Well the plan this morning was to head over to Mackinaw City. Benny and Oscar needed food and a good nail trim, we needed a prescription filled, and Dana needed a new phone case. None of that can be done within thirty miles of Drummond Island Yacht Haven. But the weather still sucked. Cold and windy. Cold is acceptable, windy not so much. So no errands in Mackinaw City.
Through the wonders of good internet service, we found that Sault (rhymes with zoo) Ste. Marie has everything we needed and more. (The e after St is because Saint inexplicably is spelled Sainte. Probably French or something.)
Off we went in the marina rental car without a care in the world.
Drummond Island—being an island and all—is accessible in a car only by ferry since there’s no bridge. That means only one way off the island as well. Because (1) a day without boating is like a day without sunshine for us and (2) a day without dog food would be a really bad day for the boys, we took the ferry.
(For the record, it still was a day without sunshine, at least until we were back home.) About sixty miles of hay fields later, we approached Sault Ste. Marie.
Wait. What’s this? There’s a Sault Ste. Marie in Ontario as well? The only PetSmart’s in that one? It’s okay though, because we brought our passports, right? Of course not. Nobody but nobody takes passports shopping for dog food and phone cases. And the good folks at the Arizona DMV don’t issue licenses that serve as federal identification. Fortunately we had our still-valid CanPass number so the nice Canadian border guy let us slip back into Canada after we crossed the International Bridge.
And yes, Sault Ste. Marie isn’t very attractive on either side of the St. Mary River.
A moment about the name Sault. It comes from an Indian tribe. It’s pretty odd that there is a Sault (still rhymes with zoo) Indian tribe and a Sioux (also rhymes with zoo) Indian tribe. This must greatly confuse the bureaucrats down at the BIA. The great and famous Johnny Cash wrote a good song about a Boy Named Sue, which only tangentially is relevant to the topic. The great but not-as-famous Roger Alan Wade—from Doug’s home town of Chattanooga—wrote a better song about a Sioux Named Boy, which is much more relevant to the topic.
Anyway, after PetSmart we returned to the U.S. for the second time in less than 24 hours. The dude at the U.S. Border Patrol place wasn’t quite as pleasant about the lack of passports, but ultimately our honest faces made the difference.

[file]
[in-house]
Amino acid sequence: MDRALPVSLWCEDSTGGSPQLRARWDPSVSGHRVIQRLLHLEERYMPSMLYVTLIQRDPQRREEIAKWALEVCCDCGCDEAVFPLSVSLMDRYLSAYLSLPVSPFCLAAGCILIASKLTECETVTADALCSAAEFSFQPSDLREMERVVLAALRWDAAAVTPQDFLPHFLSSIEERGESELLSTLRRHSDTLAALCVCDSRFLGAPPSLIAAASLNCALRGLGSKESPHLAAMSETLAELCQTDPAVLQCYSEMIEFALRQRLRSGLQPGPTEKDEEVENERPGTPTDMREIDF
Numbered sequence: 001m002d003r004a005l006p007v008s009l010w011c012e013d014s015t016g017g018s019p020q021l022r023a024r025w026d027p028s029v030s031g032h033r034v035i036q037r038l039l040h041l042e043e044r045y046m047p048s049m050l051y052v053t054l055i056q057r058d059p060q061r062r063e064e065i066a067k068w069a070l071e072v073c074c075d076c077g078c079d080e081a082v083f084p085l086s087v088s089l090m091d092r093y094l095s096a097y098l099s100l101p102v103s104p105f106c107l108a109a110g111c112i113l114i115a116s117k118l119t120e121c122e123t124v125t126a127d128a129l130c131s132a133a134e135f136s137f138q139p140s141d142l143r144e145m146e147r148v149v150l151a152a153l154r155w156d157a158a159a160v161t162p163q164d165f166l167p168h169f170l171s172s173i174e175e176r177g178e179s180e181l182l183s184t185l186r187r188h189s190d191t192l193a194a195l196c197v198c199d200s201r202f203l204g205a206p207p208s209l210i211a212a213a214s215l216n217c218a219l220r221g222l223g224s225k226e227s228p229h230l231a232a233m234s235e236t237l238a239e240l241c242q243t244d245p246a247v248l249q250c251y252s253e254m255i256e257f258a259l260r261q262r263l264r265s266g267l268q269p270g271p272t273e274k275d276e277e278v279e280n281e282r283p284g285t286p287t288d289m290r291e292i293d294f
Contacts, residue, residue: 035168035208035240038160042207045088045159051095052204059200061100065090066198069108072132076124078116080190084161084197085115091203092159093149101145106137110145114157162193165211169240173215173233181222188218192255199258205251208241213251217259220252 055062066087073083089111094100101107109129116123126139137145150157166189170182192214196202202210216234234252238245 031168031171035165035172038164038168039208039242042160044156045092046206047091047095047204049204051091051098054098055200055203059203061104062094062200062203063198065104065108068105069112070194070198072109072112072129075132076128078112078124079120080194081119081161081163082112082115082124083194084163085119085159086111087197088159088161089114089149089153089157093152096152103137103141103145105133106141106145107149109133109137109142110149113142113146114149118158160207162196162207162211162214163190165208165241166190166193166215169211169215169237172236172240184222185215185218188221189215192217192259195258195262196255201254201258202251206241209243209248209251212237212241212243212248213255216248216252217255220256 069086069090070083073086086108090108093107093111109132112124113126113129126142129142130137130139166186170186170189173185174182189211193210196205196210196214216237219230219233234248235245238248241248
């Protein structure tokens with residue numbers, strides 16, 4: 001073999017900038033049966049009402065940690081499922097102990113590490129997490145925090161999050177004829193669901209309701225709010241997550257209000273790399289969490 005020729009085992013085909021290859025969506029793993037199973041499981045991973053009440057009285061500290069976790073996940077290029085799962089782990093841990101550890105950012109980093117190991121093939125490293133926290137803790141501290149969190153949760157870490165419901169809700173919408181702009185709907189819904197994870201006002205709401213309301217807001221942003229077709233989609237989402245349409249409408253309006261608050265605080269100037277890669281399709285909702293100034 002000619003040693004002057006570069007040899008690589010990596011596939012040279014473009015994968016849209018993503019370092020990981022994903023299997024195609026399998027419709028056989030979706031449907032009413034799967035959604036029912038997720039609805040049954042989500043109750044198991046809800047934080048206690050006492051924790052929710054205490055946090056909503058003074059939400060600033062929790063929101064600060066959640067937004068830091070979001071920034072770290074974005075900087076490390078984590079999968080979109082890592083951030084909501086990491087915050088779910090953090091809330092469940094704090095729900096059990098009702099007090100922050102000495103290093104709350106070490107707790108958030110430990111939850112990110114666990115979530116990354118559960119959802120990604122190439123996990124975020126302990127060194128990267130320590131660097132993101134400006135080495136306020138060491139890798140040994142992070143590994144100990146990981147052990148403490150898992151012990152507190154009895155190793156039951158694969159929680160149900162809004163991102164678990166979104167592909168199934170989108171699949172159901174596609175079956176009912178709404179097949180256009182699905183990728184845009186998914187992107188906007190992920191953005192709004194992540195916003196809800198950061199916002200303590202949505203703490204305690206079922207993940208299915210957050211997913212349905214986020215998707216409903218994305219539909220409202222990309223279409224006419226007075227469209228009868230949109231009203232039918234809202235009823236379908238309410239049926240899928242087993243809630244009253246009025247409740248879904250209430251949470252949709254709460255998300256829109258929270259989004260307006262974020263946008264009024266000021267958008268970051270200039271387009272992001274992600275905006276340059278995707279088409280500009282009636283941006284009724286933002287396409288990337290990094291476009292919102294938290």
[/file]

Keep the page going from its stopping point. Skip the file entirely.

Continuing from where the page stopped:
The joke was on him since we forgot to declare the two animals sleeping on the back seat. They were in plain sight and came with us into Canada so we figure we’re ok.
Another interesting tidbit relates to I-75. Between us we’ve driven stretches of I-75 hundreds of times, mostly between Knoxville and Atlanta but also in south Florida and a bunch of other spots. Turns out it starts on the north end at the International Bridge.
(Note that whoever named the locks between Lake Michigan and Lake Superior didn’t fool around with tricky ways to spell Soo.)
Part way on the journey the marina loaner—with its 170,000 miles—started to buck around. Serious transmissions problems, which caused us some worry since we might have wandered a bit farther than the marina anticipated, although in fairness we honestly stated our intent to “explore the area.” Fortunately we made it back safely. The boys enjoyed their supper.
We also enjoyed our supper. Crossroads—one of our sister Selenes—pulled into the marina this afternoon and joined us and Second Wave at the local Mexican joint. Chuy’s the restaurant wasn’t, but it was great to catch up with Barry and Robin.
2 thoughts on “Sault Sioux Sue Soo”
If you’re in Mackinaw City, don’t forget to try some fudge. The real thing is much better than the booth at the AZ State Fair. You are officially in the same state as Sam and I. We’re currently in the Upper Peninsula, on Portage Lake, off Keewenaw Bay, until August 20. Enjoy going under “the Bridge!”
Hi Deb (and Sam). We were thinking about you all yesterday. Hope all is well. We need to catch up soon. On our way to fudge this morning.